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Mark Moxon's Travel Writing

Travel Tips: Using a Guidebook

The Guidebook Theorem, an observation-based set of laws I have gradually been formulating over the years, is as follows. Guidebooks are useful for telling you the following:

  1. Where all the western tourists will be heading to and when.

  2. In which hotels all the western tourists will be staying.

  3. Which sights will be full of tourists.

  4. What goes on in the mind of a guidebook writer.

From these four pieces of information we can logically make the following deductions:

  1. How to avoid western tourists, and how to get off-season prices and avoid peak-season rip-offs.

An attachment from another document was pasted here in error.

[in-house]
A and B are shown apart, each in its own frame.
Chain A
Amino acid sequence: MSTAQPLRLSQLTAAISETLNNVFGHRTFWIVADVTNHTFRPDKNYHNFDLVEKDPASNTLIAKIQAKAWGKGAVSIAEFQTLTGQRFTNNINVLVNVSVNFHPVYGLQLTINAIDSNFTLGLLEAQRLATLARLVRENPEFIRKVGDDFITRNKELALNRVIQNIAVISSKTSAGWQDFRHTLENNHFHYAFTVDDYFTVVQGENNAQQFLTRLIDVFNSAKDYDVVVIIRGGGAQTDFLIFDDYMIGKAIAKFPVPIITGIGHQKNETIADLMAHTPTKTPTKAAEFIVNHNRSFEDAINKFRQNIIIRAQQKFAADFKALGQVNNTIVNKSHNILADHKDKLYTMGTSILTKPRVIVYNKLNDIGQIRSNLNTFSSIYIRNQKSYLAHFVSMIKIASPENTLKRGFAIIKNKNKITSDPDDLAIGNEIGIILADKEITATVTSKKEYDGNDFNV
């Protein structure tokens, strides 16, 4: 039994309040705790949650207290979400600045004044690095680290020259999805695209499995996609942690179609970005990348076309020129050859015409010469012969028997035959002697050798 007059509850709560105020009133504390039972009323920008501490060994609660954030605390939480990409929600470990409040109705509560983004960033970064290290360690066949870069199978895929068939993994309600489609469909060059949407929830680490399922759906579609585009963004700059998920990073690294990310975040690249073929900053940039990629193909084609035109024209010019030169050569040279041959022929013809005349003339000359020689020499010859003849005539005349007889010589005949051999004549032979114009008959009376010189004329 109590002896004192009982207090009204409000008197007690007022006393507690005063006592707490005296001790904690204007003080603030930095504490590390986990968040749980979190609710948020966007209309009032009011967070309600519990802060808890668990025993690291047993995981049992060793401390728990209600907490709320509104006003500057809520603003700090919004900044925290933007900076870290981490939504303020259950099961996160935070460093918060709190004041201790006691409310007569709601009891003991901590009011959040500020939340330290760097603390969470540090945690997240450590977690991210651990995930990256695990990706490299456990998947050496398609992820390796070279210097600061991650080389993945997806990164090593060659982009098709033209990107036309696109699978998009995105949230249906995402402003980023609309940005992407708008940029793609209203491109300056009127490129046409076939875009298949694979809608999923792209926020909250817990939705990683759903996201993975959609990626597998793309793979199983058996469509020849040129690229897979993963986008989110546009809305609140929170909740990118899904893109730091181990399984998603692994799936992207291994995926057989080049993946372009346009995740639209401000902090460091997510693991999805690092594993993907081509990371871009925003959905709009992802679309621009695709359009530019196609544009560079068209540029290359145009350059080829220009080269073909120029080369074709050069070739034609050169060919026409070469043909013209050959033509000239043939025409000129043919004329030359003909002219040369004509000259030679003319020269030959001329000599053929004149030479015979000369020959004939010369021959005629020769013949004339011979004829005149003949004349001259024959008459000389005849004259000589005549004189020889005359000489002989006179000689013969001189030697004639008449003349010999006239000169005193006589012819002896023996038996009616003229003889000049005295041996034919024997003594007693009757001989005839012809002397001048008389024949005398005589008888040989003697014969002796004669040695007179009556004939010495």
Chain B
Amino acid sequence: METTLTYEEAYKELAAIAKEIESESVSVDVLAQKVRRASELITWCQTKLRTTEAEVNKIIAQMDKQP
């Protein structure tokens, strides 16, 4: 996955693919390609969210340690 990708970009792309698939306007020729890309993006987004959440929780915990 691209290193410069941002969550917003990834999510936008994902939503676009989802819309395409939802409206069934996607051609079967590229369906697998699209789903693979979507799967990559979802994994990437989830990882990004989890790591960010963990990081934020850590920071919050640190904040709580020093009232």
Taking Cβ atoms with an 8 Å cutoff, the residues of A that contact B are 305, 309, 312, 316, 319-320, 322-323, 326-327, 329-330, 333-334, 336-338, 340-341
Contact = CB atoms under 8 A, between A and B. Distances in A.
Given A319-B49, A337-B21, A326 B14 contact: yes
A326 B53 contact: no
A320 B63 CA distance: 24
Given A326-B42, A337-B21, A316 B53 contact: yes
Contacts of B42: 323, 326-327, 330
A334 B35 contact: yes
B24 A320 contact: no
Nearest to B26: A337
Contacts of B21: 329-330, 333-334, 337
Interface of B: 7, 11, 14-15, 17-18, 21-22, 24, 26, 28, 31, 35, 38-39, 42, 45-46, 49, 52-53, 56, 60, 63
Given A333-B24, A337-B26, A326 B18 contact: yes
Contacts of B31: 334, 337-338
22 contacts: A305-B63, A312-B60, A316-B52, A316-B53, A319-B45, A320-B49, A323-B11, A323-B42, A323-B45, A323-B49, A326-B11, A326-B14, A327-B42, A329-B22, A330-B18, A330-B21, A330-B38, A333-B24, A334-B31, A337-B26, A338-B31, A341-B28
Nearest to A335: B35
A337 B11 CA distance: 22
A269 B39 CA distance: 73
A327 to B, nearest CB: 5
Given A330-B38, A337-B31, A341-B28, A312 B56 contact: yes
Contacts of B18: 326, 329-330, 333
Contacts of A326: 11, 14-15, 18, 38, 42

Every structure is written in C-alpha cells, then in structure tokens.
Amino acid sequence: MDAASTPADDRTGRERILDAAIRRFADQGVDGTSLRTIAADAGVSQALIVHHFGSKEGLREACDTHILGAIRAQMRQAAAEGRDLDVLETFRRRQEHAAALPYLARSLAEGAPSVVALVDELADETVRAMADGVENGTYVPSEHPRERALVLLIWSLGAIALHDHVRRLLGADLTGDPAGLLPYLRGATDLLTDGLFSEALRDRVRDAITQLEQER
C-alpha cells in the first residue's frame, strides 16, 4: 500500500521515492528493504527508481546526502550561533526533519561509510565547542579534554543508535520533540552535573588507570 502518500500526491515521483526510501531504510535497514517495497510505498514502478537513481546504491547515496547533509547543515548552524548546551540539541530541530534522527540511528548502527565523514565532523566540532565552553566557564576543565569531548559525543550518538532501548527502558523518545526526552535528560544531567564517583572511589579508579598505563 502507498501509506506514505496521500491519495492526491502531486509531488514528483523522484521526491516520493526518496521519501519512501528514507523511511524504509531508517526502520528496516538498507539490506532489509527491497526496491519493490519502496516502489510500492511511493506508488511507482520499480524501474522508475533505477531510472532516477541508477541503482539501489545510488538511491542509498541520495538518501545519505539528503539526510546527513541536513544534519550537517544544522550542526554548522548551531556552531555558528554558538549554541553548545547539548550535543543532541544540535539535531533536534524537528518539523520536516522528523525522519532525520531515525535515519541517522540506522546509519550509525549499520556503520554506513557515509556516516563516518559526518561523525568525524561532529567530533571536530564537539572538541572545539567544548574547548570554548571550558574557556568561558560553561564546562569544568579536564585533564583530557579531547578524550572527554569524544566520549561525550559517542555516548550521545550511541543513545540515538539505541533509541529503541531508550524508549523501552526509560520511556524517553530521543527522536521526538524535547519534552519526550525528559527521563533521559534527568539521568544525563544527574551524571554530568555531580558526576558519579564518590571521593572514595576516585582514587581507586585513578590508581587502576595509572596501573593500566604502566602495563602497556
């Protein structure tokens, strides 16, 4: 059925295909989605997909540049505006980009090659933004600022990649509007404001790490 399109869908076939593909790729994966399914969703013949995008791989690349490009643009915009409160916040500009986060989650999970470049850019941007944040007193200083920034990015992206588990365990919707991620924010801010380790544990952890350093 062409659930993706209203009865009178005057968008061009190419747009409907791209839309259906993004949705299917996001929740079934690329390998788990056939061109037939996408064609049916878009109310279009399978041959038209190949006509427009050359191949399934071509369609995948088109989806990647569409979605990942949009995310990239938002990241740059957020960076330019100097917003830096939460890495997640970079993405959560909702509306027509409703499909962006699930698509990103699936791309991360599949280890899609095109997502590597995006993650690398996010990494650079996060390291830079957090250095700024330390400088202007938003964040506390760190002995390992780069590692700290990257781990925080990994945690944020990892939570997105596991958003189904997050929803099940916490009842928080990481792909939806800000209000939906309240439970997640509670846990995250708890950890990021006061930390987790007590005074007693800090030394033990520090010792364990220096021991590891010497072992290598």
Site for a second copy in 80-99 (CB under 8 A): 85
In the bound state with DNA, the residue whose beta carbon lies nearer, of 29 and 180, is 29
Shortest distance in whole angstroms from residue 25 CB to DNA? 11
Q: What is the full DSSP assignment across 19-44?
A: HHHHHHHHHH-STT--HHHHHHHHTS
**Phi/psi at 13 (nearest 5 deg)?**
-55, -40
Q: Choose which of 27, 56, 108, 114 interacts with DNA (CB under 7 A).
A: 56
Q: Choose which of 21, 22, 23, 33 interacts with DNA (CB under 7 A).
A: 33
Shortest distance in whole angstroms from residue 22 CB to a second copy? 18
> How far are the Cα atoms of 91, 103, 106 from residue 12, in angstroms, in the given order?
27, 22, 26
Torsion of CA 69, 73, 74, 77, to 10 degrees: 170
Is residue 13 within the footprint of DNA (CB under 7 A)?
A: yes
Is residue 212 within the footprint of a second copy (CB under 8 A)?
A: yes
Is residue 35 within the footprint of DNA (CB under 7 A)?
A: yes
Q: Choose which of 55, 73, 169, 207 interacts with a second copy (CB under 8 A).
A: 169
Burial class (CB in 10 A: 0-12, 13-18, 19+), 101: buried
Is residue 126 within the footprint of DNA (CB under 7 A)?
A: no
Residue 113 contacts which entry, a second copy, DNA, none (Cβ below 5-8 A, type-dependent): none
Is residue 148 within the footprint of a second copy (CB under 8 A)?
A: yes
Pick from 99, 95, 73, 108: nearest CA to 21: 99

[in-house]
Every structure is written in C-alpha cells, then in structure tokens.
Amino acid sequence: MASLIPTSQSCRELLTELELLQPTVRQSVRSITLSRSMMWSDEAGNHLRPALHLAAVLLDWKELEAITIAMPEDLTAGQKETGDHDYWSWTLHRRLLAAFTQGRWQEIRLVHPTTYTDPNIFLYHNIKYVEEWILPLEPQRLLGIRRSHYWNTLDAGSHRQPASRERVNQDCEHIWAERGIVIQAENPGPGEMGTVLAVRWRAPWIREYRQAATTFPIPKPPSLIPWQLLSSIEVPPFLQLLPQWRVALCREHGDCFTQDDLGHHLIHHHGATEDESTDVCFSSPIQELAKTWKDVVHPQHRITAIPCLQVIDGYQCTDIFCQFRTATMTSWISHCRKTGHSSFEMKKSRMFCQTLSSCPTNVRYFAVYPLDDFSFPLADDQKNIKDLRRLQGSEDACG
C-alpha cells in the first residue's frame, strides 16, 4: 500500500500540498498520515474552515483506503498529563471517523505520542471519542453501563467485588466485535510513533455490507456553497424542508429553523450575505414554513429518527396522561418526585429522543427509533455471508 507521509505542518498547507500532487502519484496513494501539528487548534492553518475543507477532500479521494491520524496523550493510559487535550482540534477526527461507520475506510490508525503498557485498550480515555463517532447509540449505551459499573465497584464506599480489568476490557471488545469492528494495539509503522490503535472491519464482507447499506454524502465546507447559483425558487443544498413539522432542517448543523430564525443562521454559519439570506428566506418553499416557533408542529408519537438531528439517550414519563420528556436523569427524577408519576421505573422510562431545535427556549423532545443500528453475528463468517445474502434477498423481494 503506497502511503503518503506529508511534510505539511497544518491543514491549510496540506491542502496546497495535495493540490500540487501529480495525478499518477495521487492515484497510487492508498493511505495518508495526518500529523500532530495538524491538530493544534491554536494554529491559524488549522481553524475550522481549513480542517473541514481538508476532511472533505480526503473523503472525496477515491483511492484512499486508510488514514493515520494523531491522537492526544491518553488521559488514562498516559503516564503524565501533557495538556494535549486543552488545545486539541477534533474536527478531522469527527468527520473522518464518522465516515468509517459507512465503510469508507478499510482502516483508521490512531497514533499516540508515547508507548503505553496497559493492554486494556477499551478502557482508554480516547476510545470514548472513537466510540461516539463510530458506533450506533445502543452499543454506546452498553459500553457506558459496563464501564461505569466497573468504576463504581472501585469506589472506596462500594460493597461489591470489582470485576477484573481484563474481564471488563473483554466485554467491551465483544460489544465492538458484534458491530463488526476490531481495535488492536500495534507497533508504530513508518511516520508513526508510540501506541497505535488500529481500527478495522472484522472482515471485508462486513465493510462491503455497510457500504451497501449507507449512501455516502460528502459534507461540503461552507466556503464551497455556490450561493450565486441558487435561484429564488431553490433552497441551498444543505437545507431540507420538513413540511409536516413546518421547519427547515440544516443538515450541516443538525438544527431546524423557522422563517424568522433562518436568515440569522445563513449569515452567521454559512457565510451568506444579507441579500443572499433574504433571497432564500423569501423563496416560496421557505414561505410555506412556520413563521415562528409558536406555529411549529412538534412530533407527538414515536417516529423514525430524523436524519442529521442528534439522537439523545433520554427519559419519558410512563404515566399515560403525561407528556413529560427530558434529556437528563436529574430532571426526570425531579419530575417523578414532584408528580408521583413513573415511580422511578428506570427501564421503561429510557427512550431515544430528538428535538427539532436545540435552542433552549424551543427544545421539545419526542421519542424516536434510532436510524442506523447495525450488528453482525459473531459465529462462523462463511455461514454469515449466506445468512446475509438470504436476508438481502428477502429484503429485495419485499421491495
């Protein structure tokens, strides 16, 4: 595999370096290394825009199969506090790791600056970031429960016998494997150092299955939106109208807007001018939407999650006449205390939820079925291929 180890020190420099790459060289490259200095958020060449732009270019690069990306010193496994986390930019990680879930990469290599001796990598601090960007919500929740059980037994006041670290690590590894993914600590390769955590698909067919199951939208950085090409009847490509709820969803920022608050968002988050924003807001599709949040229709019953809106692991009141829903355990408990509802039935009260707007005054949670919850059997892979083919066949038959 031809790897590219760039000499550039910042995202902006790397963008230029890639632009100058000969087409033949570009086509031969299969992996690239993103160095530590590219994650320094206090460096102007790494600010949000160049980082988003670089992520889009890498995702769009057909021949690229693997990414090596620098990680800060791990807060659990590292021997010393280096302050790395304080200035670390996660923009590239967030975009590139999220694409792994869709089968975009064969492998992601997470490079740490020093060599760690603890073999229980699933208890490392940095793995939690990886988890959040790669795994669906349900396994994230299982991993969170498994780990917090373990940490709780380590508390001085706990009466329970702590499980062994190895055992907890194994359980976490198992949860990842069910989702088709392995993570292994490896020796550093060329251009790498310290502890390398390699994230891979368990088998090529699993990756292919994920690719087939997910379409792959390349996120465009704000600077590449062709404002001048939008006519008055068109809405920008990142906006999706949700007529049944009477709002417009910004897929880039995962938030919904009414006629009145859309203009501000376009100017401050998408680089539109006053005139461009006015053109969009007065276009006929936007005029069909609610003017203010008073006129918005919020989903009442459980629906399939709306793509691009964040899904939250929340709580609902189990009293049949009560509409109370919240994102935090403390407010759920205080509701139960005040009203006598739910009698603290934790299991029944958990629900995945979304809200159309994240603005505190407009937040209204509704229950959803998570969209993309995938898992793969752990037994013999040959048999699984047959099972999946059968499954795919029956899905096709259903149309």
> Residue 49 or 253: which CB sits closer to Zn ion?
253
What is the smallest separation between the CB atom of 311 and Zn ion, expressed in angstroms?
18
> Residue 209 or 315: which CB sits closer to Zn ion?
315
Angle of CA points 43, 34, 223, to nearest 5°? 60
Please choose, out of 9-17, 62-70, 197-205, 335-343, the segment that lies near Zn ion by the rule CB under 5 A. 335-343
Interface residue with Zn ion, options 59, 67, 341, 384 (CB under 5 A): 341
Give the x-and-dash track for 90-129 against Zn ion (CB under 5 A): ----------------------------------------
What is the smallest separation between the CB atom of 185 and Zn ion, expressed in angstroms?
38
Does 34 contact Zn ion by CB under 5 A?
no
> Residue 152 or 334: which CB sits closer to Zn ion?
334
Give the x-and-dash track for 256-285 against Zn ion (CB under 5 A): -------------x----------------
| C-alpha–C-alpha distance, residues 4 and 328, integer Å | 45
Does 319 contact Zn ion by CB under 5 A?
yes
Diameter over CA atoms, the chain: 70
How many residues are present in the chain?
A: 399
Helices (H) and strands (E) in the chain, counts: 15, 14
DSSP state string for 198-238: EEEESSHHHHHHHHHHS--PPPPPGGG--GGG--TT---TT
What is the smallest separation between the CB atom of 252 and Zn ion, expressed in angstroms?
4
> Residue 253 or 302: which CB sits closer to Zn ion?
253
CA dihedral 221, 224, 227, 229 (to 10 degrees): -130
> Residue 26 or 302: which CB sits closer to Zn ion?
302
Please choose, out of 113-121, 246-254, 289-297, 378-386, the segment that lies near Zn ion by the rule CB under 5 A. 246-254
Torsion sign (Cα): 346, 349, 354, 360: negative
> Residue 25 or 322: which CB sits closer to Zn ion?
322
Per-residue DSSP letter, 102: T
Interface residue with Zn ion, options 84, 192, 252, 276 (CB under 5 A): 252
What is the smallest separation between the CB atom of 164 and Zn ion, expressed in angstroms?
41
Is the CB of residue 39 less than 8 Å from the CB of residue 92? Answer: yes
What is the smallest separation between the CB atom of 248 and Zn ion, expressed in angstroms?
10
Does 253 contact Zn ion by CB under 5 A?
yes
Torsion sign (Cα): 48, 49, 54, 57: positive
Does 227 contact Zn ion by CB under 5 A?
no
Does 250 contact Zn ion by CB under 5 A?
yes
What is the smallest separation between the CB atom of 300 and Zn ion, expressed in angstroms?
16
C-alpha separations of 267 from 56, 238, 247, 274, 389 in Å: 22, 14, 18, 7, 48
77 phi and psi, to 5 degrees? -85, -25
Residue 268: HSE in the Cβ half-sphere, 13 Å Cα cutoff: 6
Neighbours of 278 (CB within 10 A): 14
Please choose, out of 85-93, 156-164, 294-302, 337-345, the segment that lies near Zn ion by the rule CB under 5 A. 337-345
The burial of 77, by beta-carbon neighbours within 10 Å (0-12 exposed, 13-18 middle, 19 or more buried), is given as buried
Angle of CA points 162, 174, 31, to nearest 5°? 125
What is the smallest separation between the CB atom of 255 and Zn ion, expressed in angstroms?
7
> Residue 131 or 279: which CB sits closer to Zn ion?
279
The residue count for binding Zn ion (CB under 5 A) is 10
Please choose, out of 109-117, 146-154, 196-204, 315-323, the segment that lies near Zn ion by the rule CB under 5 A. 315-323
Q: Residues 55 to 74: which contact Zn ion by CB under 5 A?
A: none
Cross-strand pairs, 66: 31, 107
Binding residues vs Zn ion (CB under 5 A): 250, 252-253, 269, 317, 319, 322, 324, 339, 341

2. How to avoid the Slack Hotel Syndrome, a disease that strikes hotels who are recommended in guidebooks, and who therefore do not have to make any effort to get customers, resulting in a lack of service and a corresponding drop in value for money (often nearby but less well-known hotels will improve because they have to work harder to attract travellers who treat their guidebook like the Bible).

  3. How to avoid sights and sites that are ruined by hordes of button-clicking tourists and the accompanying touts.

  4. How lucky I am to have realised that guidebook writers are guidebook writers rather than travellers: when you're writing and investigating you're not going to have the time to get too far off the beaten track, so those places that get nothing more than a paragraph are well worth visiting before things change too much.

And that's why I don't mind carrying the Lonely Planet if it's the only option, because it's the most popular guide and therefore helps me avoid the masses very effectively. Thanks LP, you're the greatest... almost.